Given this, companies have been in a rush to become digital and they are going about it in different ways. Some of them are implementing digital technologies to engage in new ways with customers and others are completely transforming their way of doing business or creating an entirely new business model. To understand this, let us consider a simple process like performance reporting. Such reporting systems have moved from paper to spreadsheets to smart applications with digital technologies such as artificial intelligence (AI) and data analytics.

However, to reach the maturity of “smart reporting,” one would have to reimagine the way reporting is done in terms of the reporting formats, the periodicity, the flexibility in the use of variables, the application on which the reports are developed, and finally, the way the reports are presented. Such a move in reporting systems would also mean new ways in which we engage our customers who would be receiving, in real-time, such reports all laden with infographics.

To elaborate this further, historically, businesses kept handwritten or typed paper-based records. During this time, business data was in a stage which is referred to as analog, and if you wanted to move or share this data or information it was done through the physical movement of papers and documents.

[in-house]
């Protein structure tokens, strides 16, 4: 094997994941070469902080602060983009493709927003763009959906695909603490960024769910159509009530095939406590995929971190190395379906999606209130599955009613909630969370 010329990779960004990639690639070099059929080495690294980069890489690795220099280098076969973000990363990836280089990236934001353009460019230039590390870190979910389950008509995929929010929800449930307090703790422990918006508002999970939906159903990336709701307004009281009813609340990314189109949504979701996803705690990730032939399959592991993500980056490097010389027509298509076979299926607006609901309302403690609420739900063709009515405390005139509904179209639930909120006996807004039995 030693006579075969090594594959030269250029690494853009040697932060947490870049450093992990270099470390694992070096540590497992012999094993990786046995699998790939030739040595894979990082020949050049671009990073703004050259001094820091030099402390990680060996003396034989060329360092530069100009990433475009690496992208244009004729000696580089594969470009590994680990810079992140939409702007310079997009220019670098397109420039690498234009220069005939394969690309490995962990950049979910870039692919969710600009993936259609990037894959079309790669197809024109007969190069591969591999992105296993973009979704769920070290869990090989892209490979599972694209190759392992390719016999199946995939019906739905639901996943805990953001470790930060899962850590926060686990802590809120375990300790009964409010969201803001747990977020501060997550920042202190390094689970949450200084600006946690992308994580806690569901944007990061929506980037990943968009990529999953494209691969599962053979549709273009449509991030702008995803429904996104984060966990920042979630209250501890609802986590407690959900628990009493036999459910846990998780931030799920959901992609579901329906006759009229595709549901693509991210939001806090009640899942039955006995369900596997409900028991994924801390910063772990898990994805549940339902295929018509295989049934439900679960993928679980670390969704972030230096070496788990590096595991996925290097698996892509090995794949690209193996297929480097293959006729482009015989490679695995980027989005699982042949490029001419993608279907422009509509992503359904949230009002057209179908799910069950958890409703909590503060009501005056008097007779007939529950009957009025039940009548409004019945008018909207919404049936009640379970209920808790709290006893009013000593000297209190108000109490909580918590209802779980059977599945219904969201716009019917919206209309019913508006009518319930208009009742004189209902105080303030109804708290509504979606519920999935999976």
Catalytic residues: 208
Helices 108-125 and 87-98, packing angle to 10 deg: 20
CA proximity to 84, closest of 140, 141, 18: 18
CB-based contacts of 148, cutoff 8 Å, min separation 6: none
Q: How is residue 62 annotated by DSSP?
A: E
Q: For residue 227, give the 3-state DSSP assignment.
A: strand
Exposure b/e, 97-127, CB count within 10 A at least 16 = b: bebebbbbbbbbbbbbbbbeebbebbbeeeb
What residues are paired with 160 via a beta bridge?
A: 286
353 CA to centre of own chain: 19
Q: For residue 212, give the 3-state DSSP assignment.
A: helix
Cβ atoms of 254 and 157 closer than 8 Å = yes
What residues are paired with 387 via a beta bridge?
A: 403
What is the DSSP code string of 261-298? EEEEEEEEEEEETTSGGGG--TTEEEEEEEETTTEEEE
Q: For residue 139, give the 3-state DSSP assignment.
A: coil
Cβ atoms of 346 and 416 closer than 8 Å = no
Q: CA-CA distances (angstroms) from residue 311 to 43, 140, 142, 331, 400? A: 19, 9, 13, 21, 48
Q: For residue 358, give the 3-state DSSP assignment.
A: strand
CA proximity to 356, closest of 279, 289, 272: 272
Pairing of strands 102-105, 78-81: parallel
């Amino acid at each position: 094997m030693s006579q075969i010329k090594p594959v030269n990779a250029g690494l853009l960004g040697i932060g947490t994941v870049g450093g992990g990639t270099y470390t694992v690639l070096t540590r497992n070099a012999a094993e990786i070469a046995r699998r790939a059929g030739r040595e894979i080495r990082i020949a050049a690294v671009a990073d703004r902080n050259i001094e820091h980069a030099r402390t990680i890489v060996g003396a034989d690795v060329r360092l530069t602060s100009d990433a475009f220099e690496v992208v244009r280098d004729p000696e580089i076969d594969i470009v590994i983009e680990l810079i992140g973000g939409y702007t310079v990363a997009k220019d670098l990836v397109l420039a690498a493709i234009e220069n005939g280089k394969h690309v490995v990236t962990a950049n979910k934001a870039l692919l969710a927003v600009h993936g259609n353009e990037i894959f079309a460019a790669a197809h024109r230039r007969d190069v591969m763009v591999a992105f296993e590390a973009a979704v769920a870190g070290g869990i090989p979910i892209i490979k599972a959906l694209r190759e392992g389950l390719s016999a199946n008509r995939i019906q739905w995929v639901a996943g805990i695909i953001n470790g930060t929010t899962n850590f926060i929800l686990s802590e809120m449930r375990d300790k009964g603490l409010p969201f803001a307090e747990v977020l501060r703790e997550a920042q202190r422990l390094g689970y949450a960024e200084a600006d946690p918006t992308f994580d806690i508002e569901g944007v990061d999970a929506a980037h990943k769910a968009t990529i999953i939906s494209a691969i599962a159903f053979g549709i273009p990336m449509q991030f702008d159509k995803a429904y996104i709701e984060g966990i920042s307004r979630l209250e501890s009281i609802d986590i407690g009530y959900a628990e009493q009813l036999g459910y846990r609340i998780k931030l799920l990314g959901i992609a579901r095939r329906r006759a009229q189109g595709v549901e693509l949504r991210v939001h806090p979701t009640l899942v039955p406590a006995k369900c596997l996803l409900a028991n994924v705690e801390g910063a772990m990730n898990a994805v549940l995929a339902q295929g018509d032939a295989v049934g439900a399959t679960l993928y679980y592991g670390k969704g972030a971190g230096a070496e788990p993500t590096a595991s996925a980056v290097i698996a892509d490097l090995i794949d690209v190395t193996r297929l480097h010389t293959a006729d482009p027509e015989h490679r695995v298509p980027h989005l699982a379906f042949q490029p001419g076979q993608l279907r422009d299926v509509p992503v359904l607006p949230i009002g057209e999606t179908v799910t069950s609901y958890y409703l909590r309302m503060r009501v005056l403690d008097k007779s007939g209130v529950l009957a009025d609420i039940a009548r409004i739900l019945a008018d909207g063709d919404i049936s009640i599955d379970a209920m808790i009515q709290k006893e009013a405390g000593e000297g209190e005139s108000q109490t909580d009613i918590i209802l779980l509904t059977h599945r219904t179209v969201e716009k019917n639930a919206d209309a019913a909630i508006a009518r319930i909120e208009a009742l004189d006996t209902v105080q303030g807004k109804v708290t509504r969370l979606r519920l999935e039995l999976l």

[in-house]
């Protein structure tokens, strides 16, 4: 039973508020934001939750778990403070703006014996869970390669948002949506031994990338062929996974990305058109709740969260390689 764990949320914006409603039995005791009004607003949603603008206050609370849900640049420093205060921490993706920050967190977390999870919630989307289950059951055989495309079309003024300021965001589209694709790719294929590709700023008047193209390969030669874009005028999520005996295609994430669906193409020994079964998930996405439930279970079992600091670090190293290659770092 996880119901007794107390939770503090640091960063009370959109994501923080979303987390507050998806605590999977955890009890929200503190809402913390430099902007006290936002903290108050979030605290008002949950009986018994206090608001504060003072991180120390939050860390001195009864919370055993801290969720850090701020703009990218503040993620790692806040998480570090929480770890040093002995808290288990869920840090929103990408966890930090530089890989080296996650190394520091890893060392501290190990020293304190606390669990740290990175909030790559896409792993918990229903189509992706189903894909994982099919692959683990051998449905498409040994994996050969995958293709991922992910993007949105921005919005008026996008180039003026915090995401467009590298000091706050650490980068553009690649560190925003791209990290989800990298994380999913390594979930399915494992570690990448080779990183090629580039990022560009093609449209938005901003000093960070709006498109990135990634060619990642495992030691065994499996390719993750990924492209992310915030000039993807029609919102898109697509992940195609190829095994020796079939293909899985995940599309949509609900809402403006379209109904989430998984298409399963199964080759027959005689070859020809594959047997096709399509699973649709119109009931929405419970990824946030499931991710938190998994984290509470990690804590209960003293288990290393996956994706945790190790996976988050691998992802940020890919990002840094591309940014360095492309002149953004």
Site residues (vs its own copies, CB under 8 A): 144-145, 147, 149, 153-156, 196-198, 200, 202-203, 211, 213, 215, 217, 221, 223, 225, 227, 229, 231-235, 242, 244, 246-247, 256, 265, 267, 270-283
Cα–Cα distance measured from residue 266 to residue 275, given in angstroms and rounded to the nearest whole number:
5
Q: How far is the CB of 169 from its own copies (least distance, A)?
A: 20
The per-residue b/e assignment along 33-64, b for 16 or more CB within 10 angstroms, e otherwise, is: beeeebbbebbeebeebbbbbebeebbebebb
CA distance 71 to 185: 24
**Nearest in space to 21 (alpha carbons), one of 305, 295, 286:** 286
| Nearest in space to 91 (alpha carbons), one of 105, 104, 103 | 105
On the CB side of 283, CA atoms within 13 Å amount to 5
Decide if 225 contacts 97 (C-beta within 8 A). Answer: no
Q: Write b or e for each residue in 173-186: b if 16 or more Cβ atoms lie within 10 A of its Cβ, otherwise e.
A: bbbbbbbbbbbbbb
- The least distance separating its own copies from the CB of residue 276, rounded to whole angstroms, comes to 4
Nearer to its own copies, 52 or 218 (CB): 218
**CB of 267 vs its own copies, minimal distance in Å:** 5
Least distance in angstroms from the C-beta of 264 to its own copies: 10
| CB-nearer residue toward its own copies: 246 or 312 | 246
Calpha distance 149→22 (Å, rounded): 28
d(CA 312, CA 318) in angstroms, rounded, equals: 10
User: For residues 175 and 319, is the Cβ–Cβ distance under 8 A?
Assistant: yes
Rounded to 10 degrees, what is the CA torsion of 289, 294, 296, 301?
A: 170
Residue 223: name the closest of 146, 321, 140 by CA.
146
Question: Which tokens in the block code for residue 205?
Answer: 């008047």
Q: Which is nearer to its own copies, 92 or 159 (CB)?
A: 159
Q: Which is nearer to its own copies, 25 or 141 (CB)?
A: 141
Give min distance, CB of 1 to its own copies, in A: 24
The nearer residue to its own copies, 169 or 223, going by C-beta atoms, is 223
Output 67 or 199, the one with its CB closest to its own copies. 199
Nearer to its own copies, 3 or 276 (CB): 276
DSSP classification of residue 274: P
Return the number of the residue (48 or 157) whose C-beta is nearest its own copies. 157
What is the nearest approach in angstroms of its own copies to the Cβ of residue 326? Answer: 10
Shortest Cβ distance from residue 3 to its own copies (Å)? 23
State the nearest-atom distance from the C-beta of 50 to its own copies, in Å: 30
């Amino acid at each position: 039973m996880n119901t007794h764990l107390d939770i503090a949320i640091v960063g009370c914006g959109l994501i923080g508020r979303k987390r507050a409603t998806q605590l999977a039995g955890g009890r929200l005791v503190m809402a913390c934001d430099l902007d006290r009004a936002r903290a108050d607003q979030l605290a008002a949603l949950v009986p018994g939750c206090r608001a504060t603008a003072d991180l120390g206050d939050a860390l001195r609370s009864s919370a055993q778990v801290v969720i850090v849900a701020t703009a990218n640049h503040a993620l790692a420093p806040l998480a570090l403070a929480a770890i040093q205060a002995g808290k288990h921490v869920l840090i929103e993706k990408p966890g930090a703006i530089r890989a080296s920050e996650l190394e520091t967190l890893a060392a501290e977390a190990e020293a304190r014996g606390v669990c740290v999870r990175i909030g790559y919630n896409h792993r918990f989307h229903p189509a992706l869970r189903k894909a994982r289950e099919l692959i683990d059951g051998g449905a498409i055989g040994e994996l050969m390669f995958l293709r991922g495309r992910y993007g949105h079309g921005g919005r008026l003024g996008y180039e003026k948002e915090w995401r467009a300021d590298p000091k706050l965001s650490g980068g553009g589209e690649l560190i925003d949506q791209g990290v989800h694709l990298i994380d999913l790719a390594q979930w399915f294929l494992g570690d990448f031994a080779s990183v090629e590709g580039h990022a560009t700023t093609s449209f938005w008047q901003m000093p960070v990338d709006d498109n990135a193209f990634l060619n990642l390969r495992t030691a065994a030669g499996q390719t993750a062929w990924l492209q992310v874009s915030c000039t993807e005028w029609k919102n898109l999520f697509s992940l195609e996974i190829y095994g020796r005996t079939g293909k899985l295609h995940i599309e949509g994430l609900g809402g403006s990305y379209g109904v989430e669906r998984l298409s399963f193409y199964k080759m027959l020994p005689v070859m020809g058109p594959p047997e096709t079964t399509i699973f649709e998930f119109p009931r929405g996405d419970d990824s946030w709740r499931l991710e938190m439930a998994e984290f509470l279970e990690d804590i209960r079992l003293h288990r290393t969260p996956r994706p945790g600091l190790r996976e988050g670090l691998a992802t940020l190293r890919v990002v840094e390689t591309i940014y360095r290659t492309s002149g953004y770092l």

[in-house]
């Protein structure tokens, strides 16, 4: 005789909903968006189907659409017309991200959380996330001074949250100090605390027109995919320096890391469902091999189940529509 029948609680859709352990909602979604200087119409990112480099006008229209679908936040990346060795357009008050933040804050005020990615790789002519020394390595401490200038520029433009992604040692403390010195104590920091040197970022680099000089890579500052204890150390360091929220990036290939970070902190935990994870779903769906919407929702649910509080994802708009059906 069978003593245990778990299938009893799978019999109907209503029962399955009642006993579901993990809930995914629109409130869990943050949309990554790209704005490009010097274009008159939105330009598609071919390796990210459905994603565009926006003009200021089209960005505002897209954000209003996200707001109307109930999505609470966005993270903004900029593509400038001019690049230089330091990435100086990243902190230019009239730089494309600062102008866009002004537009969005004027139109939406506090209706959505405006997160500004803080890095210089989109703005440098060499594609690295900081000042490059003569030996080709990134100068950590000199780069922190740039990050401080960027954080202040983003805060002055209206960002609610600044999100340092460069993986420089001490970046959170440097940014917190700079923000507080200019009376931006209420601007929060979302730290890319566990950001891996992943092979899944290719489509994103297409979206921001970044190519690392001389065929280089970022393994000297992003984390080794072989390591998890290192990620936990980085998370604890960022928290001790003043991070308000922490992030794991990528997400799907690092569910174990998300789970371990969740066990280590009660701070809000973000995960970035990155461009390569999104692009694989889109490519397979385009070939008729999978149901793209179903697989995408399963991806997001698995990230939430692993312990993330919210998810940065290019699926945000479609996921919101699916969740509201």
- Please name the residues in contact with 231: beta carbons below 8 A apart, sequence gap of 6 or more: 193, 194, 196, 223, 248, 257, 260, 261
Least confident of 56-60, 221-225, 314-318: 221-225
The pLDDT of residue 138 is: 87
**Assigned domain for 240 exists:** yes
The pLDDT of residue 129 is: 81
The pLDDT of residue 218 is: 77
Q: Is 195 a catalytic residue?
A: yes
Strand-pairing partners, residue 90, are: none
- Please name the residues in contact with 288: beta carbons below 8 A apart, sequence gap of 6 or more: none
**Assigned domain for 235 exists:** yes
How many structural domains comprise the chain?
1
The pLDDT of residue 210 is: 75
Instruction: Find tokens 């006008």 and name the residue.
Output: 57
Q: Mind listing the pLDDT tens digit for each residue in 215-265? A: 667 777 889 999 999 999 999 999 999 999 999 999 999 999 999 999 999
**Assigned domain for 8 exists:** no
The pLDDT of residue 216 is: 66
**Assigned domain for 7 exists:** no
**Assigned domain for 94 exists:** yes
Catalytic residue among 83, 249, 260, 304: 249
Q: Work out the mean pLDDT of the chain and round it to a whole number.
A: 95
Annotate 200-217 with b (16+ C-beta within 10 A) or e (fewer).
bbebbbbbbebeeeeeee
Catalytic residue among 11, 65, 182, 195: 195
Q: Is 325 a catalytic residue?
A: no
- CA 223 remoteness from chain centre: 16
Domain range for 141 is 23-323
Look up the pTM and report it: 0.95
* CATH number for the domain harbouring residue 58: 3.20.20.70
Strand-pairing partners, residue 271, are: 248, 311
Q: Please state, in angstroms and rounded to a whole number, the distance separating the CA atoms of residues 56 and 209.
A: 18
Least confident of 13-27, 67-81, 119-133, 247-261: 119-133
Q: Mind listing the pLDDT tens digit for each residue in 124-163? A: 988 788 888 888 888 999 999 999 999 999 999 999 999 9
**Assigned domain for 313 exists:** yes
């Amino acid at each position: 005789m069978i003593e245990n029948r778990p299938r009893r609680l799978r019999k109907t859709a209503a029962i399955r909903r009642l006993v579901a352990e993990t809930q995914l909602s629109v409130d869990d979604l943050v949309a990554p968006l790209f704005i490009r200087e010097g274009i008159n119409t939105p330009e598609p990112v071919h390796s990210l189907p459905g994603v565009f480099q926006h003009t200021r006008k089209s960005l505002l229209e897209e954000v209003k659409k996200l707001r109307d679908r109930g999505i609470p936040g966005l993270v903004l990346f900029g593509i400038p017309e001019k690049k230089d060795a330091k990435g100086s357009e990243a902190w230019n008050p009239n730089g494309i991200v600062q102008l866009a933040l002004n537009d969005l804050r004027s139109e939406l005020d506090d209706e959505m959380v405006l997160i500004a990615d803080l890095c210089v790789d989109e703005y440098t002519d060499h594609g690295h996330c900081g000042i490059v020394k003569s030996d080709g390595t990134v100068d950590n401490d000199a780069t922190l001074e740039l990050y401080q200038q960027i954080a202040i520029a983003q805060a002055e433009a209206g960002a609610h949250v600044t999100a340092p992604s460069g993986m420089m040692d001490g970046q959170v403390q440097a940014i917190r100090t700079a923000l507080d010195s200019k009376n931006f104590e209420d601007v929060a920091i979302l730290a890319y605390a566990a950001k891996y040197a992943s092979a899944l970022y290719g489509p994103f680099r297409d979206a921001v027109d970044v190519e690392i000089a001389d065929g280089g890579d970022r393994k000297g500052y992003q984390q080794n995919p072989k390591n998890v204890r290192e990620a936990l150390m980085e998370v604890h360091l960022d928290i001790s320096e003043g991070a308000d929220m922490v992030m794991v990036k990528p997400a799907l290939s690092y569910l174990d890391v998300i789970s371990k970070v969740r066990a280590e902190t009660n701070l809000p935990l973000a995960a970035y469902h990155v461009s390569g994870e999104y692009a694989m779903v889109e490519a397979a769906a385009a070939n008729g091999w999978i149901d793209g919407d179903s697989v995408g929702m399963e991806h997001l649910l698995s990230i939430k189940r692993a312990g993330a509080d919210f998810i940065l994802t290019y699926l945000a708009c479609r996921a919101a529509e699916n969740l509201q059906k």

When computers went mainstream, most businesses started converting all those paper records to digital computer files. This stage was called digitization, which is the process of converting information from analog to digital. Through the process of digitization, finding and sharing information became much easier, but the ways in which businesses used their new digital records largely imitated the old analog methods. Computer operating systems and thumbnails were even designed around icons of file folders to feel familiar and less intimidating to new users. Digital data was exponentially more efficient for businesses than analog had been, but business systems and processes were still largely using analog-era ideas about how to find, share, and use information.